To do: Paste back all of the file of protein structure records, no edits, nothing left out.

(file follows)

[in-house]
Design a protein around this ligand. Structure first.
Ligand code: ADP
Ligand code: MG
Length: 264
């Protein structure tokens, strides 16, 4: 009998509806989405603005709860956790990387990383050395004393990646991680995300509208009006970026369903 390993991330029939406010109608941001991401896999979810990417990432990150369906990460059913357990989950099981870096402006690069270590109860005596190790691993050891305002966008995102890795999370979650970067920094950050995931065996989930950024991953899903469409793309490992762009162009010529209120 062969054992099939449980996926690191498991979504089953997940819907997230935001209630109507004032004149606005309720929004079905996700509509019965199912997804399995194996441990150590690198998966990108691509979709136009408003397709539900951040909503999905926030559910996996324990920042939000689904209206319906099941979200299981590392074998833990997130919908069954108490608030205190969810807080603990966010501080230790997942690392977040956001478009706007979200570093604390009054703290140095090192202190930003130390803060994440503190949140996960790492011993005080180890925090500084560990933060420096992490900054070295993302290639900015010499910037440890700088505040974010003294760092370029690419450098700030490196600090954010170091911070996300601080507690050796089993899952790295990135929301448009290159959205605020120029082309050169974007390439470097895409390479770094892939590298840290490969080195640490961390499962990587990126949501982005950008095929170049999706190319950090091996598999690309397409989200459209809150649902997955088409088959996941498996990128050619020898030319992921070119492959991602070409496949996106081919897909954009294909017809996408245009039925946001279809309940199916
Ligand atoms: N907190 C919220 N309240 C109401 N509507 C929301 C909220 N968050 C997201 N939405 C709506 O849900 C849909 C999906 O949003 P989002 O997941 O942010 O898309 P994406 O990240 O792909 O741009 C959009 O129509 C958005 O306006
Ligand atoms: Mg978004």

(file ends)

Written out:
[in-house]
Design a protein around this ligand. Structure first.
Ligand code: ADP
Ligand code: MG
Length: 264
């Protein structure tokens, strides 16, 4: 009998509806989405603005709860956790990387990383050395004393990646991680995300509208009006970026369903 390993991330029939406010109608941001991401896999979810990417990432990150369906990460059913357990989950099981870096402006690069270590109860005596190790691993050891305002966008995102890795999370979650970067920094950050995931065996989930950024991953899903469409793309490992762009162009010529209120 062969054992099939449980996926690191498991979504089953997940819907997230935001209630109507004032004149606005309720929004079905996700509509019965199912997804399995194996441990150590690198998966990108691509979709136009408003397709539900951040909503999905926030559910996996324990920042939000689904209206319906099941979200299981590392074998833990997130919908069954108490608030205190969810807080603990966010501080230790997942690392977040956001478009706007979200570093604390009054703290140095090192202190930003130390803060994440503190949140996960790492011993005080180890925090500084560990933060420096992490900054070295993302290639900015010499910037440890700088505040974010003294760092370029690419450098700030490196600090954010170091911070996300601080507690050796089993899952790295990135929301448009290159959205605020120029082309050169974007390439470097895409390479770094892939590298840290490969080195640490961390499962990587990126949501982005950008095929170049999706190319950090091996598999690309397409989200459209809150649902997955088409088959996941498996990128050619020898030319992921070119492959991602070409496949996106081919897909954009294909017809996408245009039925946001279809309940199916
Ligand atoms: N907190 C919220 N309240 C109401 N509507 C929301 C909220 N968050 C997201 N939405 C709506 O849900 C849909 C999906 O949003 P989002 O997941 O942010 O898309 P994406 O990240 O792909 O741009 C959009 O129509 C958005 O306006
Ligand atoms: Mg978004």